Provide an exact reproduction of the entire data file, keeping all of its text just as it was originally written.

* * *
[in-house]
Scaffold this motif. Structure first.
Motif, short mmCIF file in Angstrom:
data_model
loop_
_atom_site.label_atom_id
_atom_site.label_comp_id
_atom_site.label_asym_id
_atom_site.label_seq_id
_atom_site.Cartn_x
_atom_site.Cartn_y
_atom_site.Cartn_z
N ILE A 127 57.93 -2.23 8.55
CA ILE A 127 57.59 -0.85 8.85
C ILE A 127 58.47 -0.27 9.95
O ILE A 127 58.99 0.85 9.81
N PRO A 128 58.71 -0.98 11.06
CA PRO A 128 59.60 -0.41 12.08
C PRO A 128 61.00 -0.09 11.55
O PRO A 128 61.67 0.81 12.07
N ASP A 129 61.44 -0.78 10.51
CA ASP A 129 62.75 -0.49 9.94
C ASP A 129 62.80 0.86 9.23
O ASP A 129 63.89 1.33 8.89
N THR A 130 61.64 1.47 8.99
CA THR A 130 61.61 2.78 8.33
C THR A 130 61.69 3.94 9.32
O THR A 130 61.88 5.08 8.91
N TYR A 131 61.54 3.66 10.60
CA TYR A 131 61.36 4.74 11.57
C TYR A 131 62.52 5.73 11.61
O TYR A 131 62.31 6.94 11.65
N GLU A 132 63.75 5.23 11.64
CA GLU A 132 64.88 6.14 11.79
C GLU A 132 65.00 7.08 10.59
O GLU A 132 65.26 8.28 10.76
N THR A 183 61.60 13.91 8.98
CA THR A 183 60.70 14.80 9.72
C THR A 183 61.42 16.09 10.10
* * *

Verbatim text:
[in-house]
Scaffold this motif. Structure first.
Motif, short mmCIF file in Angstrom:
data_model
loop_
_atom_site.label_atom_id
_atom_site.label_comp_id
_atom_site.label_asym_id
_atom_site.label_seq_id
_atom_site.Cartn_x
_atom_site.Cartn_y
_atom_site.Cartn_z
N ILE A 127 57.93 -2.23 8.55
CA ILE A 127 57.59 -0.85 8.85
C ILE A 127 58.47 -0.27 9.95
O ILE A 127 58.99 0.85 9.81
N PRO A 128 58.71 -0.98 11.06
CA PRO A 128 59.60 -0.41 12.08
C PRO A 128 61.00 -0.09 11.55
O PRO A 128 61.67 0.81 12.07
N ASP A 129 61.44 -0.78 10.51
CA ASP A 129 62.75 -0.49 9.94
C ASP A 129 62.80 0.86 9.23
O ASP A 129 63.89 1.33 8.89
N THR A 130 61.64 1.47 8.99
CA THR A 130 61.61 2.78 8.33
C THR A 130 61.69 3.94 9.32
O THR A 130 61.88 5.08 8.91
N TYR A 131 61.54 3.66 10.60
CA TYR A 131 61.36 4.74 11.57
C TYR A 131 62.52 5.73 11.61
O TYR A 131 62.31 6.94 11.65
N GLU A 132 63.75 5.23 11.64
CA GLU A 132 64.88 6.14 11.79
C GLU A 132 65.00 7.08 10.59
O GLU A 132 65.26 8.28 10.76
N THR A 183 61.60 13.91 8.98
CA THR A 183 60.70 14.80 9.72
C THR A 183 61.42 16.09 10.10